GREEN BAY - The Matt LaFleur era in Green Bay has started 3-0.
The Packers won their third straight game Sunday, beating the Denver Broncos 27-16 at Lambeau Field. Once again, the defense carried the day. While the unit wasn’t without blemishes, its combination of pass rush, coverage and playmaking created a winning formula.
Preston Smith will likely get a game ball, finishing with three sacks, including one in which he forced a fumble that the Packers recovered at the Broncos’ 5-yard line.
Offensively, the Packers increased their scoring total for a third straight game. Two touchdowns were set up by Broncos turnovers, giving the Packers a short field. Quarterback Aaron Rodgers was 17-of-29 with 235 yards, one touchdown and no interceptions. Jamaal Williams was the Packers’ leading rusher, finishing with 57 yards on 10 carries, though Aaron Jones had two touchdowns in his 10 carries for 19 yards.
Here are five takeaways:
The Packers put a lot of emphasis on forcing turnovers this offseason, and so far it has paid off. They entered Sunday’s game tied for second in the NFL with a plus-three turnover differential — only New England and Tennessee were better at plus-four — and were tied for the most takeaways at five. Their victory Sunday came in large part because of the turnover battle. The Packers forced three turnovers, two of which set up a short field and led to 14 points. A third turnover, rookie safety Darnell Savage’s first career interception, would have at least given the Packers a short field — if not a touchdown — but the play was blown dead and initially ruled incomplete before being overturned on replay. Regardless, the Packers are now at plus-six in turnover margin through three games. That’s a differential you’ll win a lot of games with.
Run defense woes
A week ago, the Packers' defense struggled stopping the run against one of the NFL’s top tailbacks. There’s no shame in Dalvin Cook reaching 100 yards against your defense. Denver Broncos running back Phillip Lindsay is in a different tier at his position. Lindsay entered Sunday with 79 rushing yards on 24 carries combined through the first two games, but he pounded the Packers' defense for four quarters. Lindsay finished with 81 yards on 21 carries Sunday. With Broncos quarterback Joe Flacco unable to throw the football downfield, it should have been no surprise the run game was central to their offensive game plan, yet the Packers were inconsistent in stopping it. Most concerning, the Broncos in particular had success running against the Packers' base defense on first down. After holding up admirably against the Chicago Bears' run game in the opener (46 yards on 15 carries), the Packers have now allowed 347 rushing yards on 65 rushes, a 5.3-yard average.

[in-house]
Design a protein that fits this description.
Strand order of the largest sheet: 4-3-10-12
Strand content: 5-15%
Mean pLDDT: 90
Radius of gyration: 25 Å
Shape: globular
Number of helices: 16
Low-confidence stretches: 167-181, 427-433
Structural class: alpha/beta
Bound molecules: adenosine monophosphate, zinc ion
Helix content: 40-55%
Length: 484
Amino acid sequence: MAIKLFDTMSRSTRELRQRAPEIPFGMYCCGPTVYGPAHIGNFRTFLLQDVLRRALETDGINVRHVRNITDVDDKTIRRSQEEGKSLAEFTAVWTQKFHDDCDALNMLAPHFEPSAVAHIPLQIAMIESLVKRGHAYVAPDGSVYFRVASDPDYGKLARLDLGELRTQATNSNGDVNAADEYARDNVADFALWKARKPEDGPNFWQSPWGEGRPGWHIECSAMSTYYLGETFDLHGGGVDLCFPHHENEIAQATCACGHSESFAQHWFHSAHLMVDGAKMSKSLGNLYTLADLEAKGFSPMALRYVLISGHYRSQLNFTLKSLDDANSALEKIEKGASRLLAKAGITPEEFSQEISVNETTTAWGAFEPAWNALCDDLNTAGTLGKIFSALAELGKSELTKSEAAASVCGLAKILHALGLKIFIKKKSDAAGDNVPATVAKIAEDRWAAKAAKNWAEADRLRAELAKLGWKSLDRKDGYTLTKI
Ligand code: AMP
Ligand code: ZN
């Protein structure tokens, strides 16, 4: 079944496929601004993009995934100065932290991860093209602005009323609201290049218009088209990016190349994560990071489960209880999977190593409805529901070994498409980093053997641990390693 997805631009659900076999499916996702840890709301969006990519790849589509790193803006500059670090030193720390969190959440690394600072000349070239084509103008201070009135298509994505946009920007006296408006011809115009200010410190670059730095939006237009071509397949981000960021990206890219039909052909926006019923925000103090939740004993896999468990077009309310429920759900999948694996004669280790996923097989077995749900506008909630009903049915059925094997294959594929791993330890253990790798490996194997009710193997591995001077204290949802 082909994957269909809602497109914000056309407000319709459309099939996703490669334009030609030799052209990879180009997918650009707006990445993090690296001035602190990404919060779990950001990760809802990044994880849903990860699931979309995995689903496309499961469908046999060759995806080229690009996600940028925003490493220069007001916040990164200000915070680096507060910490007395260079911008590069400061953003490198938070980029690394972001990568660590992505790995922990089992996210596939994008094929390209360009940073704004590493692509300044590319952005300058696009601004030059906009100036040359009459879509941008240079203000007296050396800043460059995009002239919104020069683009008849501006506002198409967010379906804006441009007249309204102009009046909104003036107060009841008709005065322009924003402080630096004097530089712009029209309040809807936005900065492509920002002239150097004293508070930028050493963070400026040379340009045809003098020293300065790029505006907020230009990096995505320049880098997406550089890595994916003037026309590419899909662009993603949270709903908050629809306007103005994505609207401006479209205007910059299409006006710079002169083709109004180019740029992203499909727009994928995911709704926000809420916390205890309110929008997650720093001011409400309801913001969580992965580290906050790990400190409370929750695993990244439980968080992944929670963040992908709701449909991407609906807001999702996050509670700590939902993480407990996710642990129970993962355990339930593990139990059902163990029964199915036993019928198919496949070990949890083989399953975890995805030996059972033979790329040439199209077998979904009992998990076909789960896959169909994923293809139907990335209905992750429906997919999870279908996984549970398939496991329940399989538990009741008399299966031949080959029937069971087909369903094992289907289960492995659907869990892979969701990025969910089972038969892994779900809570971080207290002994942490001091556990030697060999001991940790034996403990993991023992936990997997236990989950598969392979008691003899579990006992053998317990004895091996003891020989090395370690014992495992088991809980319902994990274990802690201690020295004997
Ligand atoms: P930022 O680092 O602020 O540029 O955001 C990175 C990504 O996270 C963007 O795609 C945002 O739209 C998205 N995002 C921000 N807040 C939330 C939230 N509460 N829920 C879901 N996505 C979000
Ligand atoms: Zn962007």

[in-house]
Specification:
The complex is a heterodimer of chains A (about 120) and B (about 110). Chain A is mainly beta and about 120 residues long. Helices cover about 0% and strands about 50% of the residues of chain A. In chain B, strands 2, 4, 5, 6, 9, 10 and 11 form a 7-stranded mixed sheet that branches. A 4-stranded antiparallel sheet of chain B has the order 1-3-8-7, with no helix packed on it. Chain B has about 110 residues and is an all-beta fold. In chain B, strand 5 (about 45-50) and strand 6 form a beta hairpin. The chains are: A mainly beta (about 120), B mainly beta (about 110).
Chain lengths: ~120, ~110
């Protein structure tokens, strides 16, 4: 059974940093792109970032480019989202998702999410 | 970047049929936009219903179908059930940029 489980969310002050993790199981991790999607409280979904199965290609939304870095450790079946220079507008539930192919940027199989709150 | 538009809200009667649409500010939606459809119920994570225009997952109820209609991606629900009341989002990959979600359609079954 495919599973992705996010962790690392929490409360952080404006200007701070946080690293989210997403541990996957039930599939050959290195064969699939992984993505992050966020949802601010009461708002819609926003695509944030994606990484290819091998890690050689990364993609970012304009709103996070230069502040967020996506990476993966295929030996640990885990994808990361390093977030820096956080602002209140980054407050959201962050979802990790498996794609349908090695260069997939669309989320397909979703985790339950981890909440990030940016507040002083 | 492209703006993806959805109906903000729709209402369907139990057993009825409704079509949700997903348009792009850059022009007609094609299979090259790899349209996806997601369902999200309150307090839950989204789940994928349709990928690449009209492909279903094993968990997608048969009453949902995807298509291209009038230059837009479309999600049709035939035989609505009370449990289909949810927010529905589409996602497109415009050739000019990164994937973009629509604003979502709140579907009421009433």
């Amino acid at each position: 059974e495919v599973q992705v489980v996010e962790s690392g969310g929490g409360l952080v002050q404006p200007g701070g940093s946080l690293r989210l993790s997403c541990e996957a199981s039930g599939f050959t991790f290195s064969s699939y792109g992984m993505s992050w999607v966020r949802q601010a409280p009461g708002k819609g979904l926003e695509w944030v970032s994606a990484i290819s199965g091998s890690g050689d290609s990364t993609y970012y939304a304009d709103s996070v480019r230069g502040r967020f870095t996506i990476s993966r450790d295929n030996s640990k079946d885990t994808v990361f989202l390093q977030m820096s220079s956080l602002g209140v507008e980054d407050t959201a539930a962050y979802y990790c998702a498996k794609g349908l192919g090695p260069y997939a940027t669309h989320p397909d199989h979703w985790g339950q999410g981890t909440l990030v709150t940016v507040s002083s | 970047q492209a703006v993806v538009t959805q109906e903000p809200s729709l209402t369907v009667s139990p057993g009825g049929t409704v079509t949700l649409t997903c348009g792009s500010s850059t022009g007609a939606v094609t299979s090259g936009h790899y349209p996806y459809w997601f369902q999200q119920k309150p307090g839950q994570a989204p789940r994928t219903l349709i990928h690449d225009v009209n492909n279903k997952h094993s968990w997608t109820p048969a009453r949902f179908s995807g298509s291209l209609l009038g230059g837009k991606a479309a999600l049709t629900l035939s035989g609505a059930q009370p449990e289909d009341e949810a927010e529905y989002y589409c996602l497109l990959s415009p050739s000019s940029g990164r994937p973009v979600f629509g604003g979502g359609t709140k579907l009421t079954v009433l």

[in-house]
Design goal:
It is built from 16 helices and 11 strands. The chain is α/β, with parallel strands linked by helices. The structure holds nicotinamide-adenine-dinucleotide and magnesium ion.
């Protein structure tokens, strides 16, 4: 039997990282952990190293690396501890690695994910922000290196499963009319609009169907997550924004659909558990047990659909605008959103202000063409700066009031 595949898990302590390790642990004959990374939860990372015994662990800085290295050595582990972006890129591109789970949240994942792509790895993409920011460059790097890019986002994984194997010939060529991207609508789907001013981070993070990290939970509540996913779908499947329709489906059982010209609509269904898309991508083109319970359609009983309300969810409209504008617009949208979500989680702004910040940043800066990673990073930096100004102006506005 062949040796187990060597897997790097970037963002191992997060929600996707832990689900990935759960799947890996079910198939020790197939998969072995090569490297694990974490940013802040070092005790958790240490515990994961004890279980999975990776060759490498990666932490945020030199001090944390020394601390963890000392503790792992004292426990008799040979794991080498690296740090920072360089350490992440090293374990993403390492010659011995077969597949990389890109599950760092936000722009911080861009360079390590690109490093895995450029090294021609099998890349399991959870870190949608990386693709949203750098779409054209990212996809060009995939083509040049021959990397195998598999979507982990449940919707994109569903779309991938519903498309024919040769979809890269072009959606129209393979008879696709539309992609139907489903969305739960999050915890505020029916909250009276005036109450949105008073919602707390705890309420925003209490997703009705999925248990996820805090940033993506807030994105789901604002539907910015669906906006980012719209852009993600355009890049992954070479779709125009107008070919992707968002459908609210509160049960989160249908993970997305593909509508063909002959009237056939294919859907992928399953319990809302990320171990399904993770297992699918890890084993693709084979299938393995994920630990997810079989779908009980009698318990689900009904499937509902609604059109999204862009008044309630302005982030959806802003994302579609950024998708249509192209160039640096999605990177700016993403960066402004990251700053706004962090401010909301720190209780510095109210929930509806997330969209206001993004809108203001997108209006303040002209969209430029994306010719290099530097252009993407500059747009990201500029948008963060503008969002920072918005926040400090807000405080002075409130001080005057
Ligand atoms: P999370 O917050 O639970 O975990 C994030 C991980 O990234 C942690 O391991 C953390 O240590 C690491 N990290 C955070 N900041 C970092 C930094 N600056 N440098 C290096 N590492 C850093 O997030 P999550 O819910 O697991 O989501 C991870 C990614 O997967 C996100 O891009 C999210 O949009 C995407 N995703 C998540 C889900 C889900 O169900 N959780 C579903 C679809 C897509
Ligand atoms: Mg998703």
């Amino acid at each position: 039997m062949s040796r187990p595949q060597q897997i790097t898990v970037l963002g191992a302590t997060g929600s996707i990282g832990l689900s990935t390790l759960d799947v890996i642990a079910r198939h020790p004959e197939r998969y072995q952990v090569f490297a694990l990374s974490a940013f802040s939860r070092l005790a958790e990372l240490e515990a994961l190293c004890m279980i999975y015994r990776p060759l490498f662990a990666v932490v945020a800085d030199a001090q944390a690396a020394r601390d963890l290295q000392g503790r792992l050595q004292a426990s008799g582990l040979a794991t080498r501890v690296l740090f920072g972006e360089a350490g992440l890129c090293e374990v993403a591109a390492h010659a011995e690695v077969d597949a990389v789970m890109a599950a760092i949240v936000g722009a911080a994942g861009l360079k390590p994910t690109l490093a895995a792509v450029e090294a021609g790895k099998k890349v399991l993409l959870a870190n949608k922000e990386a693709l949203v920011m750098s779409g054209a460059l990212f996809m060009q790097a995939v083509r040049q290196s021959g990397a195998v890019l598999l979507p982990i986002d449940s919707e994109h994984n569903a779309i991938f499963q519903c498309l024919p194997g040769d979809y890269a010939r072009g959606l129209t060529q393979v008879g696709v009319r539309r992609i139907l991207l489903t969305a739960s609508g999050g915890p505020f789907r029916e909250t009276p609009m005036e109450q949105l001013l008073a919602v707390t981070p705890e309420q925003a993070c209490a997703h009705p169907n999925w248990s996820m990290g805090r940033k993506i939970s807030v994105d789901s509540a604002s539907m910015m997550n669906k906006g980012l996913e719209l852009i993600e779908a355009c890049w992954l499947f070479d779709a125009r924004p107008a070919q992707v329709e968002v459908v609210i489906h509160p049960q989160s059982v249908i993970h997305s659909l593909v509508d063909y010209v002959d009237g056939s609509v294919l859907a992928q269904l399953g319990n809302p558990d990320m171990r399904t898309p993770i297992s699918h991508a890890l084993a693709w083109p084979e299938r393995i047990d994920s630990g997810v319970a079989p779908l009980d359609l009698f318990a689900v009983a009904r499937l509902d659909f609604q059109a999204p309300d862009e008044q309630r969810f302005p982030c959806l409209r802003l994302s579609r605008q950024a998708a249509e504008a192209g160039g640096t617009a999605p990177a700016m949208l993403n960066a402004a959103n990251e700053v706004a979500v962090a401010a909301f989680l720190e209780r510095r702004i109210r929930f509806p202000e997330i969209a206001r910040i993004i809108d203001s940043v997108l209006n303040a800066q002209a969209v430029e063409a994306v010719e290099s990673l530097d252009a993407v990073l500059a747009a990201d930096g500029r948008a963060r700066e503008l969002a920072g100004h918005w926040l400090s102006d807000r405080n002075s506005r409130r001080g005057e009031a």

Gary shows progress
Savage wasn’t the only rookie who impressed on the Packers defense. On the same day Savage had his first career interception, Rashan Gary recorded his first career sack and first career fumble recovery. The Smiths were stars Sunday, but the Packers need more than two edge rushers. The development Gary showed against the Broncos has to be promising going forward.
MVS emerging deep
The Packers have an emerging deep threat in Marquez Valdes-Scantling. The second-year receiver opened the scoring Sunday, catching a 40-yard touchdown pass off a free play (Denver was offside) from quarterback Aaron Rodgers. It was his second catch of at least 40 yards this season, following his 47-yard gain that set up the Packers’ long touchdown in their Week 1 win at Chicago. Even more, MVS now has a catch of at least 40 yards in six of his 18 career games. His height (6-4) and speed (4.37) are ideal for stretching the field, and as MVS continues to develop, he could become a legitimate deep threat to pair with top receiver Davante Adams.
LaFleur drains clock
The Packers could have tried adding to their lead before halftime. They were at their own 10-yard line with 63 seconds left and one timeout, thanks to Broncos running back Phillip Lindsay falling out of bounds to stop the clock. And the Broncos were getting possession to start the second half. In the past, it’s a situation where Rodgers almost certainly would have been asked to manufacture a drive. Instead, LaFleur called for two running plays, which Rodgers obliged, and the Packers settled for a touchdown lead at halftime. As the sample size of the LaFleur era grows, so will the footprint for how the young head coach approaches the game. It might not have been the wrong decision, but it was a conservative one.